If you post content elsewhere that you’d like to be part of the science careers conversations, please add the #myscicareer hashtag - this will work on all major social media platforms including Twitter, Facebook, Storify, Instagram and Flickr.

So, please take a look at the site, send us your feedback, spread the word and let us know which stories we’re missing. We’re intending this to be a growing collection of resources so if you’d like to contribute we’d love to hear from you.

We talk a lot about talking about science

It’s 6AM and I’m wide awake, because my bank did not realise that I’m at a conference in California to talk to scientists about peer review and thought 4:45 would be a great time to call me. Thanks to them, I was already awake when my iPad started pinging at me for every mention I got in a Twitter thread about a possible tweetup for science communication types in London that I unwittingly got included in. And now that I was properly awake, I might as well catch up on reading.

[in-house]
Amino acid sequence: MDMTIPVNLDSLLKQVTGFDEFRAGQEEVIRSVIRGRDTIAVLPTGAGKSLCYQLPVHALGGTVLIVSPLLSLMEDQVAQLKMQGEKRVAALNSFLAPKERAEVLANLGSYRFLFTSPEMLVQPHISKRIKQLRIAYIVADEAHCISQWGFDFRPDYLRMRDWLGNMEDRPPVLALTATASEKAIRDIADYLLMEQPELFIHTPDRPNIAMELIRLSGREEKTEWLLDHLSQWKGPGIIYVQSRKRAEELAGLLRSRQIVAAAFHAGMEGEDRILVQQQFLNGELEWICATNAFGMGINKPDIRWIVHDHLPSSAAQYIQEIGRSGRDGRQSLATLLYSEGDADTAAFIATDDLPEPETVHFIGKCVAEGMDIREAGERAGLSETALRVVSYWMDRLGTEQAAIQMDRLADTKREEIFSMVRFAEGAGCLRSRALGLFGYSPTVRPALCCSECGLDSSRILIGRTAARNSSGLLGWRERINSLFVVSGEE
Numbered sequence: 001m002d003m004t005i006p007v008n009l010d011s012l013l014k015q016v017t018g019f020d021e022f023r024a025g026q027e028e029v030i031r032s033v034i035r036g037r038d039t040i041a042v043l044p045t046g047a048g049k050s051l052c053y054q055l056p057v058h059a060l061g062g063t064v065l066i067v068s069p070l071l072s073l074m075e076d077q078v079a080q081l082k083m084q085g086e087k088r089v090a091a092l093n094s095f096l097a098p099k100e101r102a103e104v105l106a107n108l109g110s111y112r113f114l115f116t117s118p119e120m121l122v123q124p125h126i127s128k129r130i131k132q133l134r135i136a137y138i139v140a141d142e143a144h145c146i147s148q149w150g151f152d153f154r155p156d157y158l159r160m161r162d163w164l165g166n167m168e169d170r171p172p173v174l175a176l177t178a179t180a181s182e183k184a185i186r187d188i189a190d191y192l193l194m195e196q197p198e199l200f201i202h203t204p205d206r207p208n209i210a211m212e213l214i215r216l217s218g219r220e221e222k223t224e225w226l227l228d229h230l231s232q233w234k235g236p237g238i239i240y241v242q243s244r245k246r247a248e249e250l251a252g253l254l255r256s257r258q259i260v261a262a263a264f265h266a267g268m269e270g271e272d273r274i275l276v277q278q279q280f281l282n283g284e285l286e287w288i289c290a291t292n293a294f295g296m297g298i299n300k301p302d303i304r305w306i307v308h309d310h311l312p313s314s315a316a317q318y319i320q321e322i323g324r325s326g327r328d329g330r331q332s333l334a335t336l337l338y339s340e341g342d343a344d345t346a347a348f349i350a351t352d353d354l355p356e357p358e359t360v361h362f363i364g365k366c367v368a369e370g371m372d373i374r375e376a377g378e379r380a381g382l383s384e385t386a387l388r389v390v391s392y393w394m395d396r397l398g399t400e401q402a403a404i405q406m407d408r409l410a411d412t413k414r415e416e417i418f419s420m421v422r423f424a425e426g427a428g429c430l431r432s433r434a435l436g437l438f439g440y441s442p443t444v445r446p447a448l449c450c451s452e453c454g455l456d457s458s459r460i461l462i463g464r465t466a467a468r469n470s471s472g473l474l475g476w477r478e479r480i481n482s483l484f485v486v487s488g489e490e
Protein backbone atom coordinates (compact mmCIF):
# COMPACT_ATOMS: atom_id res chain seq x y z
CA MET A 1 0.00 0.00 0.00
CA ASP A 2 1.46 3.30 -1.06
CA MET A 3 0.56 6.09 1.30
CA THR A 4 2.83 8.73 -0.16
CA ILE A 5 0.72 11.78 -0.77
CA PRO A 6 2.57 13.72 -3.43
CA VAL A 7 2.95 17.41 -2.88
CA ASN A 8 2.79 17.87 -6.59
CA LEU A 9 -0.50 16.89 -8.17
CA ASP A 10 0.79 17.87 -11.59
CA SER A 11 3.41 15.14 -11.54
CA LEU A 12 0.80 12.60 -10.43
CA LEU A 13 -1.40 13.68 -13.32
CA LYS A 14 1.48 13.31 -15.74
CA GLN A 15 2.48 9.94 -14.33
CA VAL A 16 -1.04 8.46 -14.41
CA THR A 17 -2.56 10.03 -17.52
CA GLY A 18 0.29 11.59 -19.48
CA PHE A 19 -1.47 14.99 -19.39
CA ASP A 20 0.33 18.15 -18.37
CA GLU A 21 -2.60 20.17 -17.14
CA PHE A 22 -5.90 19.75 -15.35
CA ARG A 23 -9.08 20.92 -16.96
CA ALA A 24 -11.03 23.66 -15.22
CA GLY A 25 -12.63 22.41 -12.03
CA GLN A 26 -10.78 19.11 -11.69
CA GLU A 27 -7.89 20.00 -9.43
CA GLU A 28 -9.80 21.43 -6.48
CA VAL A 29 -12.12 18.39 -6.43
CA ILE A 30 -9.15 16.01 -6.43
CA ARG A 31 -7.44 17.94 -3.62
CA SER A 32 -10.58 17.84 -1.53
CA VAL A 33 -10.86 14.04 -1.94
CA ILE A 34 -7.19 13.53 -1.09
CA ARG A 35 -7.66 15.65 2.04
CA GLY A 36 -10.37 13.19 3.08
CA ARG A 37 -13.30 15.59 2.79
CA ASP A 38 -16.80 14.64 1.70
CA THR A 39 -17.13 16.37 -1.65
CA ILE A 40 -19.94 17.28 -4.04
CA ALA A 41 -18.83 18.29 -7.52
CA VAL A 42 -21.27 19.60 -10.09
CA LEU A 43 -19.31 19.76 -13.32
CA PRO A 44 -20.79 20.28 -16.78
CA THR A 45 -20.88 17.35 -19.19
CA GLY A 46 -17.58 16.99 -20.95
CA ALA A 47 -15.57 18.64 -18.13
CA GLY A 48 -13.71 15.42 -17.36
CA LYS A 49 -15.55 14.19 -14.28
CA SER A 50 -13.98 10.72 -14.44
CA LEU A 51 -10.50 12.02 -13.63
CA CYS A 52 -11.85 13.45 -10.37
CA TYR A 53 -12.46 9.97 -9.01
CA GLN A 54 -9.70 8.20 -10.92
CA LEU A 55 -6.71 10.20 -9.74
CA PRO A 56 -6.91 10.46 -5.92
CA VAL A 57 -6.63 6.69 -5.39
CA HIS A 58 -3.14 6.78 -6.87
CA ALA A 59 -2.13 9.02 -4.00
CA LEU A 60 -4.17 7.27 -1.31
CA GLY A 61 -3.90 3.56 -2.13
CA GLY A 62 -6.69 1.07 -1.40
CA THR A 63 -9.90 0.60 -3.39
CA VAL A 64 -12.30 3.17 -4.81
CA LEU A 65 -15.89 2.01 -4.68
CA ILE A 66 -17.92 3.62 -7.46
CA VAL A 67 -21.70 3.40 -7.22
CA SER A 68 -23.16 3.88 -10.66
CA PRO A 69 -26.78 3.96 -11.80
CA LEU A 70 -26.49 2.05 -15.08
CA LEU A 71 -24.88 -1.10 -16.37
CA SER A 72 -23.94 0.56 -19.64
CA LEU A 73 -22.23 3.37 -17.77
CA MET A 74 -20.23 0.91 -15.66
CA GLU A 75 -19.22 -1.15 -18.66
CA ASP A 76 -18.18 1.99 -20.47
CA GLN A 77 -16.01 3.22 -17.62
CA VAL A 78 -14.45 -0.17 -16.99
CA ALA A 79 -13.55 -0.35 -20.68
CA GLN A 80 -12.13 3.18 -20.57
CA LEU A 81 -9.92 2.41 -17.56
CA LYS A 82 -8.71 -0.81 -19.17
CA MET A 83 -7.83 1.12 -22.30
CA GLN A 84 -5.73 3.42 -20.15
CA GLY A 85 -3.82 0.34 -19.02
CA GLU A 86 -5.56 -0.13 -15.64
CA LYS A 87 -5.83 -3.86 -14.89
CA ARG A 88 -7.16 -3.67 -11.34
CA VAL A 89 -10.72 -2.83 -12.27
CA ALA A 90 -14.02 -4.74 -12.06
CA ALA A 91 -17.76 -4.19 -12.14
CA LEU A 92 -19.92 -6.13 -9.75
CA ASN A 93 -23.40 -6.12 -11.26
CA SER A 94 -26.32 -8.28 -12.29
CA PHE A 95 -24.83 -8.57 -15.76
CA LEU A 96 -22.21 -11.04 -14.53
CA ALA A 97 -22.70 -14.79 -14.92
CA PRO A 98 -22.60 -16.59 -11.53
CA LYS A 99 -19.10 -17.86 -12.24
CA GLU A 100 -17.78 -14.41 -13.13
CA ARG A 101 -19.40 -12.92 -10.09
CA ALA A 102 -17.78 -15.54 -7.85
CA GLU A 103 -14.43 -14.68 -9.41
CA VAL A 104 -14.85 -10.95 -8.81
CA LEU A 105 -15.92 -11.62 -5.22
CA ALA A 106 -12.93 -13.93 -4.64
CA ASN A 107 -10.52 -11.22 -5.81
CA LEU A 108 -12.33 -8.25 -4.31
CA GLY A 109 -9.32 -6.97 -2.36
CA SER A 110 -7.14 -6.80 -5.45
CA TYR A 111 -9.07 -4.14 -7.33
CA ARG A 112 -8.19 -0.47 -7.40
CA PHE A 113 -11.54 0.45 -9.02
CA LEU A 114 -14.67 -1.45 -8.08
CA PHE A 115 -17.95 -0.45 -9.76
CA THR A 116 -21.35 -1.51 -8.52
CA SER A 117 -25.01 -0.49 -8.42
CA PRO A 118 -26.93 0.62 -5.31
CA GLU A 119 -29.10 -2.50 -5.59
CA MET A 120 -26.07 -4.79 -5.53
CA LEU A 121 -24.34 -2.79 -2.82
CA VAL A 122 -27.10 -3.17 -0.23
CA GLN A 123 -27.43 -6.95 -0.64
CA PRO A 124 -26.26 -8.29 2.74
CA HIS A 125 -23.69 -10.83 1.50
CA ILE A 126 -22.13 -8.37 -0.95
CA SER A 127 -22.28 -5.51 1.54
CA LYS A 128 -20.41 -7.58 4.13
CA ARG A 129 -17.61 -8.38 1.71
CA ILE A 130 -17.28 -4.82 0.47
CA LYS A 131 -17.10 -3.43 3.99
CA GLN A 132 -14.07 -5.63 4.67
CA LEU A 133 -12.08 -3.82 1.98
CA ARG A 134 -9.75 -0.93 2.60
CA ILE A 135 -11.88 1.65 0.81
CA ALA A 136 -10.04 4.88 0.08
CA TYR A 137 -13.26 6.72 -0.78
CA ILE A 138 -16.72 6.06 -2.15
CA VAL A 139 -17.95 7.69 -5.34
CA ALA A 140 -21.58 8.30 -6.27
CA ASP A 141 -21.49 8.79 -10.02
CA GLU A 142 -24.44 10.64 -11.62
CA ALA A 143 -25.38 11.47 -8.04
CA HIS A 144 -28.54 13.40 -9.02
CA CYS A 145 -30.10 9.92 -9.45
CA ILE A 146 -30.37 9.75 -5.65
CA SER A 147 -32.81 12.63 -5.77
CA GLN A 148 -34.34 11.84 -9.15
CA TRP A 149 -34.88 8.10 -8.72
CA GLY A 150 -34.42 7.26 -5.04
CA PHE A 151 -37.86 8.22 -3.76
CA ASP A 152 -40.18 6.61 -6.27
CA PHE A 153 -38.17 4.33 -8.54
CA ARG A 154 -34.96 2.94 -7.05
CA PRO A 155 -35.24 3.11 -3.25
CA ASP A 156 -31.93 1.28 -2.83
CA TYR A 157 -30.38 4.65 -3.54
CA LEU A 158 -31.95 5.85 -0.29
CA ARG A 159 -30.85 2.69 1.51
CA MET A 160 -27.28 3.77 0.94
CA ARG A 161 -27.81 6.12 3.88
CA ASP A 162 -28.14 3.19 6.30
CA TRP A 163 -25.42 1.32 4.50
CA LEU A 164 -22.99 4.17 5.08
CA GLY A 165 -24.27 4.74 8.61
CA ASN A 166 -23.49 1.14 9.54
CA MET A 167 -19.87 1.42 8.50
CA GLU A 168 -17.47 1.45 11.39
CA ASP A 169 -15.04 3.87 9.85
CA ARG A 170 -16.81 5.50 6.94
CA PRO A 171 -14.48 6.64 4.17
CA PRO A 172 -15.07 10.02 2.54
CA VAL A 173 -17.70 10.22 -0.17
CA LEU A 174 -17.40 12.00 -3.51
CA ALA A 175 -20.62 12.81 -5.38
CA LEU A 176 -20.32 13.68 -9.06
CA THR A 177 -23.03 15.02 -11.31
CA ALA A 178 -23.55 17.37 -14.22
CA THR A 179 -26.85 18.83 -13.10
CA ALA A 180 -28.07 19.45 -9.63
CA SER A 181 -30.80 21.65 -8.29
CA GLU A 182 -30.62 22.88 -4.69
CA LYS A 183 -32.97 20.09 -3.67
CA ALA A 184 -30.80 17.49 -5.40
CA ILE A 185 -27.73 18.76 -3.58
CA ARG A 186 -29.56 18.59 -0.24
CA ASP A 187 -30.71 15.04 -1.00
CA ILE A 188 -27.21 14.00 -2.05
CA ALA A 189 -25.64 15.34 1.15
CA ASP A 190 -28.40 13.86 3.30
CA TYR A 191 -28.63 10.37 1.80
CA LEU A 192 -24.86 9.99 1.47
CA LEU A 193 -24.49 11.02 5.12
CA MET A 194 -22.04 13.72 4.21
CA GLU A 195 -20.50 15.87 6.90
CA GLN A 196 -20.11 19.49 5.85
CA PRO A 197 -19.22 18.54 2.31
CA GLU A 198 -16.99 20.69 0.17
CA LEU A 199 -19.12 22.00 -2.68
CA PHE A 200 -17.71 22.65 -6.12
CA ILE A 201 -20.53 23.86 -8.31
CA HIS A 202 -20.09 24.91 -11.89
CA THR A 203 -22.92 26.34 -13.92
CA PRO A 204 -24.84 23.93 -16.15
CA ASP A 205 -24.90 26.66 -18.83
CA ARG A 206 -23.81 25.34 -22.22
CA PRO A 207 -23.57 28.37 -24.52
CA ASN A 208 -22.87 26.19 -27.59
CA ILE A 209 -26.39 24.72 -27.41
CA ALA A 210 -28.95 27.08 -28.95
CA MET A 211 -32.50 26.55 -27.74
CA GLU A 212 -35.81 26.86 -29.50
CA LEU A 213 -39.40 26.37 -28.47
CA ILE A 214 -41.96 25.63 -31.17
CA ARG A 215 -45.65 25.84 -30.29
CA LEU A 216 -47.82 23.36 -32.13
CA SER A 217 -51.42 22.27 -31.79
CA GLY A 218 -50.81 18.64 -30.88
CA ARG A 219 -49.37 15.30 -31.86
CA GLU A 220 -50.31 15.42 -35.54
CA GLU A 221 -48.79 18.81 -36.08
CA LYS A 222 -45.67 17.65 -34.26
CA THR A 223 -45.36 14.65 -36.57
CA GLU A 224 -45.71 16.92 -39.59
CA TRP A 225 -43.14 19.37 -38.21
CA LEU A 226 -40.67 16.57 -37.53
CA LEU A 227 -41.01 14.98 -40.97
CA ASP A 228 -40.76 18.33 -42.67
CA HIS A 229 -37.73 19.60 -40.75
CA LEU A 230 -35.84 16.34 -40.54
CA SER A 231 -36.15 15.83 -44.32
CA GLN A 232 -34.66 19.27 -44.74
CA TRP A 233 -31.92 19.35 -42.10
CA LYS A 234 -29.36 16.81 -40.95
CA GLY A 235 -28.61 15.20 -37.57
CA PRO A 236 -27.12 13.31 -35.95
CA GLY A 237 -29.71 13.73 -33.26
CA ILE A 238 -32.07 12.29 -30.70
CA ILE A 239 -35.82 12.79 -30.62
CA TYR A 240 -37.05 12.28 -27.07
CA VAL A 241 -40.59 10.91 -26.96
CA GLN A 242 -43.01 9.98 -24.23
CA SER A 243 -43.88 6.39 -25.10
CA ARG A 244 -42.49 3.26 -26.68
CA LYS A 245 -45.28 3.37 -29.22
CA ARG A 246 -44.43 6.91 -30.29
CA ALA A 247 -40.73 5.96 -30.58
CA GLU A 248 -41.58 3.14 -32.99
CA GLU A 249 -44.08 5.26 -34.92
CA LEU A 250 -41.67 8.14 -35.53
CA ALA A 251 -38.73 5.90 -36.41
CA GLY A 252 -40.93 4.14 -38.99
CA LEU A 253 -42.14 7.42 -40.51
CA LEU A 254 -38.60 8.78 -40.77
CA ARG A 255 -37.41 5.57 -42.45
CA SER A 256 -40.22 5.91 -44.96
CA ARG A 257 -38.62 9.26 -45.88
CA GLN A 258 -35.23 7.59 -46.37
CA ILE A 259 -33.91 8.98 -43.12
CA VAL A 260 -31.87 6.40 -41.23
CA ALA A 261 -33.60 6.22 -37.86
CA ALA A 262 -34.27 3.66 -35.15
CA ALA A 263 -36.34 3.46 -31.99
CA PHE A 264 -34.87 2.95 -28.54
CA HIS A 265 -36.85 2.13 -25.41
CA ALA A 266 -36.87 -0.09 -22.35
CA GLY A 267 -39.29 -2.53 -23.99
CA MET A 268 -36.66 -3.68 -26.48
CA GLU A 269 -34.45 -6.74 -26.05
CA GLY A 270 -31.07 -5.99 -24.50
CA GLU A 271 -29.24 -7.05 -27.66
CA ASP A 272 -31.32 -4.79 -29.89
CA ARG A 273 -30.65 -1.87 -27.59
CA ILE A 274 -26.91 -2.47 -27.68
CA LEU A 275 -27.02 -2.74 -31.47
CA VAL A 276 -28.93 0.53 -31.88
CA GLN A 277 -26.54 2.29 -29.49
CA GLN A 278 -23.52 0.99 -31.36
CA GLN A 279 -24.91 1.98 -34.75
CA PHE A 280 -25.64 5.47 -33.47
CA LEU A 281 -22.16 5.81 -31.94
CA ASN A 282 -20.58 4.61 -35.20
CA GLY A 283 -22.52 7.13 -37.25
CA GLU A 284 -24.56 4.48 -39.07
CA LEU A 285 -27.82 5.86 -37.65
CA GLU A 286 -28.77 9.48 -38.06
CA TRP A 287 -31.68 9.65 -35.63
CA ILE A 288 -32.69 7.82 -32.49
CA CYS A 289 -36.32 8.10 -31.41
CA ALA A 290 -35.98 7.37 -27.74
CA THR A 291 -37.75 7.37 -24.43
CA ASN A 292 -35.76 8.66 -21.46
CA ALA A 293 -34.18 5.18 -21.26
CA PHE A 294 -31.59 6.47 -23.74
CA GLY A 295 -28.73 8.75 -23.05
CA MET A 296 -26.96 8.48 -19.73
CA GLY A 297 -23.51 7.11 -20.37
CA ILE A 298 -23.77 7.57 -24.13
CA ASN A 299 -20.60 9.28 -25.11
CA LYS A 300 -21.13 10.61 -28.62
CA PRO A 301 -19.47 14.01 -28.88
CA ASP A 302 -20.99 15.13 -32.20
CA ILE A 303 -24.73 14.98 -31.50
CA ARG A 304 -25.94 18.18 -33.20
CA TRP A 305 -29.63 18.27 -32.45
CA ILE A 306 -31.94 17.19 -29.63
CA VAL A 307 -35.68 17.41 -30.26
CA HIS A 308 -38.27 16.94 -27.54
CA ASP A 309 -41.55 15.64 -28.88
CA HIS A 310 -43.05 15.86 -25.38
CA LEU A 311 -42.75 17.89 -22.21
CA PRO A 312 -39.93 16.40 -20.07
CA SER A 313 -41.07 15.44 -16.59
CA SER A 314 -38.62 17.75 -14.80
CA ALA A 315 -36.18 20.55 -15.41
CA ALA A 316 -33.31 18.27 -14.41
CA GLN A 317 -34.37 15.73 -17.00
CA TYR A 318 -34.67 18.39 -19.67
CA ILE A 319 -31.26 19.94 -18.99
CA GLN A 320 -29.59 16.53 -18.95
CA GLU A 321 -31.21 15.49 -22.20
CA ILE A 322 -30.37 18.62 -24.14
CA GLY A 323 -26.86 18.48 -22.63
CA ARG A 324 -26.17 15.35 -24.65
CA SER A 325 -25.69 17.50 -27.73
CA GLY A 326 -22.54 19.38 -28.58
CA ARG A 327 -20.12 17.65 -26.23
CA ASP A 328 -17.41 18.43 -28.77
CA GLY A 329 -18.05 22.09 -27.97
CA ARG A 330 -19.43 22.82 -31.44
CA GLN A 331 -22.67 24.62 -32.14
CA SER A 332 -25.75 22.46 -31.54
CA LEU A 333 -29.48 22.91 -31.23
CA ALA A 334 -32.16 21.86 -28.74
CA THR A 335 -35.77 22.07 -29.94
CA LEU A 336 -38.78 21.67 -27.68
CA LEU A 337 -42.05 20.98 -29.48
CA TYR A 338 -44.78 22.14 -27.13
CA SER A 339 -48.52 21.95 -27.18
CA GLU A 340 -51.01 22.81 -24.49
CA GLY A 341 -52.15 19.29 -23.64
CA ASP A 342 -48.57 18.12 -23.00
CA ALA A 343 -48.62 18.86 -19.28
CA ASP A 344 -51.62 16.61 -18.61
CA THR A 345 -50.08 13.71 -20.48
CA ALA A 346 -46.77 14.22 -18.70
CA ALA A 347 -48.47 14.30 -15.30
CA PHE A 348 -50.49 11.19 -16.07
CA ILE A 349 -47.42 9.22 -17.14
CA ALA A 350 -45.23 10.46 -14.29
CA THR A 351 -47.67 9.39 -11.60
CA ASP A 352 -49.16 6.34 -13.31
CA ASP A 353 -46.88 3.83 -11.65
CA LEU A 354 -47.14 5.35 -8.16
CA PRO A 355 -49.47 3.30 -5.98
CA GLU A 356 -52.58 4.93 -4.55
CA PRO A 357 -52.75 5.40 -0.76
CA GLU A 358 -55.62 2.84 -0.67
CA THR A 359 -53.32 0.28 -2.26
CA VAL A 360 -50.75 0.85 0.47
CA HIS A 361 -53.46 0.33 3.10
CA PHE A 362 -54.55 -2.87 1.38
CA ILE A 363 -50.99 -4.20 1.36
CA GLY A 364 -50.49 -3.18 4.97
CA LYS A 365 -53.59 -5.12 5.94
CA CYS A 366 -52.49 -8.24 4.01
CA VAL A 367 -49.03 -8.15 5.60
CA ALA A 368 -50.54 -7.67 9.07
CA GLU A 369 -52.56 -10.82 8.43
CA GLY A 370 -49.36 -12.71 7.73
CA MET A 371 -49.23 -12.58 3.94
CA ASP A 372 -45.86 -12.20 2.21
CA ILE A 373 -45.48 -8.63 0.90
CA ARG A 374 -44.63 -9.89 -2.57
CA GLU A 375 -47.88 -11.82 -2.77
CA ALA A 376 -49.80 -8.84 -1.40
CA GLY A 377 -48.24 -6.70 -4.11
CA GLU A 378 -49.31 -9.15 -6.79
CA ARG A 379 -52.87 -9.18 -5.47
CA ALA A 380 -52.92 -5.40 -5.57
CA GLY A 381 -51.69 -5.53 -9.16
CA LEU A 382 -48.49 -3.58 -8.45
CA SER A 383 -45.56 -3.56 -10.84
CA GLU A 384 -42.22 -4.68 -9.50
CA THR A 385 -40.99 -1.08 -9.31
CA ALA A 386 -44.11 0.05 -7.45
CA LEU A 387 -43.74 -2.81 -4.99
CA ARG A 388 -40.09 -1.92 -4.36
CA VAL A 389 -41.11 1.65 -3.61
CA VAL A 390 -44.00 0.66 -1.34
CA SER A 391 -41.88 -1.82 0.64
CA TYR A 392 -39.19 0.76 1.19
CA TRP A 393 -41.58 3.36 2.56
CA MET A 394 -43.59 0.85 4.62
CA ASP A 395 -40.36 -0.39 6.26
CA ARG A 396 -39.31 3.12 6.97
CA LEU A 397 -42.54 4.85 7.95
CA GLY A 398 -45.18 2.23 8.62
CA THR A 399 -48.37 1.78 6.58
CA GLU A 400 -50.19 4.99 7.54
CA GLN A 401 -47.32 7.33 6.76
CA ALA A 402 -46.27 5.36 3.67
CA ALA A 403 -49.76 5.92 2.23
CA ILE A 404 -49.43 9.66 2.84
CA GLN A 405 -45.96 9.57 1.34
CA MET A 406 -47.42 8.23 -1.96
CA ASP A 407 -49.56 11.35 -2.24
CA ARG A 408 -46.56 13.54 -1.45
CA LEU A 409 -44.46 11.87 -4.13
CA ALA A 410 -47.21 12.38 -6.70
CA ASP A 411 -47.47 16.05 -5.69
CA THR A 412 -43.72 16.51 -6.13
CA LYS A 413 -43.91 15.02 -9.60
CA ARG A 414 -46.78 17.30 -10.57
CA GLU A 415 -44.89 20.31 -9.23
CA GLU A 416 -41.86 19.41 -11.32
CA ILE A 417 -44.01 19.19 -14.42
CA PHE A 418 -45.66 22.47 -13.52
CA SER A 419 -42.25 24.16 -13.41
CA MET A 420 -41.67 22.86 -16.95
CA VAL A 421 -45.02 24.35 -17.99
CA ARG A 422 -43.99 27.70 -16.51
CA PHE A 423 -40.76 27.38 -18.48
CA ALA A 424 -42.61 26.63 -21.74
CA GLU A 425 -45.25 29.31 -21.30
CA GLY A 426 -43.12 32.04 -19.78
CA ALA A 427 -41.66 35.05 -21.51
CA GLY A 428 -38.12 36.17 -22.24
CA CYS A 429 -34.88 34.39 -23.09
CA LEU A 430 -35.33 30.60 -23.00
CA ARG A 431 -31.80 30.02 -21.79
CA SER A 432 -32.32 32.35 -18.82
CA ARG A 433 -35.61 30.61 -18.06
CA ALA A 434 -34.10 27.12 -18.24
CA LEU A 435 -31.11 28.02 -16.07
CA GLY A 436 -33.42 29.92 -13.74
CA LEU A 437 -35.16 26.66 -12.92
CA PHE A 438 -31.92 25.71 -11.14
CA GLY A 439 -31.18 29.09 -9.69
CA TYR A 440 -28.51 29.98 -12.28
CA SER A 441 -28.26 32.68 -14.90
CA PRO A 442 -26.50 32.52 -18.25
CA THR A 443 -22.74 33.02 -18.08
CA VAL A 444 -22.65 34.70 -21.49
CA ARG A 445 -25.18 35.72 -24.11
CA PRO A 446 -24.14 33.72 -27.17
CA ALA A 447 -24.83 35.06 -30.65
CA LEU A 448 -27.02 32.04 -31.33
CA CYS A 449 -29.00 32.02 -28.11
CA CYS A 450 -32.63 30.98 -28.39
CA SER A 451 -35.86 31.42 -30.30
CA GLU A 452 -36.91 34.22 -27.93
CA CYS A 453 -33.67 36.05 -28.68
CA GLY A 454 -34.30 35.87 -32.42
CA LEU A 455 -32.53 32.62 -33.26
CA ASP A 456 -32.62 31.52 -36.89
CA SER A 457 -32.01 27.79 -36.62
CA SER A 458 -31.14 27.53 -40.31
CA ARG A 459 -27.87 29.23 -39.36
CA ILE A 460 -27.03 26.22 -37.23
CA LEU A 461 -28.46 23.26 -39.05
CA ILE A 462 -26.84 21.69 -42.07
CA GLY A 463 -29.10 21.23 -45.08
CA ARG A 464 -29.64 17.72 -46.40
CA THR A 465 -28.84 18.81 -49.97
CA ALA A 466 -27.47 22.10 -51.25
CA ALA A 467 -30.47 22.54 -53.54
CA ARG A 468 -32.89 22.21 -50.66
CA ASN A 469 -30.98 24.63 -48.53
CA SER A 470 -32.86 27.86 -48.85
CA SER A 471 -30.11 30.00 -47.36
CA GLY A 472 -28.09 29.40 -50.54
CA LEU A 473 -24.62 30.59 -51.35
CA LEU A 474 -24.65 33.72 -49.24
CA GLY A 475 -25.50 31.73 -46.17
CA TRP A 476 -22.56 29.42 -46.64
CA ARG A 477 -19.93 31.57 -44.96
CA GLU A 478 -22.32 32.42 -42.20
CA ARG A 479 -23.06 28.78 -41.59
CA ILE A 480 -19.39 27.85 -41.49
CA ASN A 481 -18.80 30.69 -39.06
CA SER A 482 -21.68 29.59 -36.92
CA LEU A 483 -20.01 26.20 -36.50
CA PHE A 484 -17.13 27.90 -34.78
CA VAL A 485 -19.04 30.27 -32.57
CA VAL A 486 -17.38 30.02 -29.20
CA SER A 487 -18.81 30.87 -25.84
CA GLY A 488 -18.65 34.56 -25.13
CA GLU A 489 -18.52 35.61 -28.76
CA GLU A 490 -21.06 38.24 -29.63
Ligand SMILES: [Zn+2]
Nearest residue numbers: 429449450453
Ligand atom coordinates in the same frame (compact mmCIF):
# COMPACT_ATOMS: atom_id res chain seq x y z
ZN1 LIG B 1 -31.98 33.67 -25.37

While tweeting about the biophysics conference to a following of mainly scientists, I’d seen several people get riled up about a column in the New York Times, so I decided to figure out what the fuss was about. From the tweets I saw, people seemed offended about an accusation that academics don’t do more outreach to the public. Since I’m seeing most of them at the Science Online conference next week, I thought I’d better get up to speed on the source of the outrage.